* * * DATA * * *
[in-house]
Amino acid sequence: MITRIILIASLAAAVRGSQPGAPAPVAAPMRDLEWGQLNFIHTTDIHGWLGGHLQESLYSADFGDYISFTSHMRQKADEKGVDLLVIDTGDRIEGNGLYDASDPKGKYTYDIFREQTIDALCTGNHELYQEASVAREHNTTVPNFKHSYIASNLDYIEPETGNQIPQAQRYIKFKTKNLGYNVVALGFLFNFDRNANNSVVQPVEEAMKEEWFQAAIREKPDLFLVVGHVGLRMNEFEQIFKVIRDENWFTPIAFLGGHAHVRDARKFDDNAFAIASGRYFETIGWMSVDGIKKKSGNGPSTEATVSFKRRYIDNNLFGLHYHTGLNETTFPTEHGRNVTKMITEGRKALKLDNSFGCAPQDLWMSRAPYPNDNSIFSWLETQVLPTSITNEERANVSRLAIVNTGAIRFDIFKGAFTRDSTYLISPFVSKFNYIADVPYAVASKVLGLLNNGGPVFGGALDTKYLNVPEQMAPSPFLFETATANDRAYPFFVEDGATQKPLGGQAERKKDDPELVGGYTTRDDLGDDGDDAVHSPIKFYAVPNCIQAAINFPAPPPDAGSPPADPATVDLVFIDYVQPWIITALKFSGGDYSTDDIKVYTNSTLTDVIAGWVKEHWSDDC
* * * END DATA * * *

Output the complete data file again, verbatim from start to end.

[in-house]
Amino acid sequence: MITRIILIASLAAAVRGSQPGAPAPVAAPMRDLEWGQLNFIHTTDIHGWLGGHLQESLYSADFGDYISFTSHMRQKADEKGVDLLVIDTGDRIEGNGLYDASDPKGKYTYDIFREQTIDALCTGNHELYQEASVAREHNTTVPNFKHSYIASNLDYIEPETGNQIPQAQRYIKFKTKNLGYNVVALGFLFNFDRNANNSVVQPVEEAMKEEWFQAAIREKPDLFLVVGHVGLRMNEFEQIFKVIRDENWFTPIAFLGGHAHVRDARKFDDNAFAIASGRYFETIGWMSVDGIKKKSGNGPSTEATVSFKRRYIDNNLFGLHYHTGLNETTFPTEHGRNVTKMITEGRKALKLDNSFGCAPQDLWMSRAPYPNDNSIFSWLETQVLPTSITNEERANVSRLAIVNTGAIRFDIFKGAFTRDSTYLISPFVSKFNYIADVPYAVASKVLGLLNNGGPVFGGALDTKYLNVPEQMAPSPFLFETATANDRAYPFFVEDGATQKPLGGQAERKKDDPELVGGYTTRDDLGDDGDDAVHSPIKFYAVPNCIQAAINFPAPPPDAGSPPADPATVDLVFIDYVQPWIITALKFSGGDYSTDDIKVYTNSTLTDVIAGWVKEHWSDDC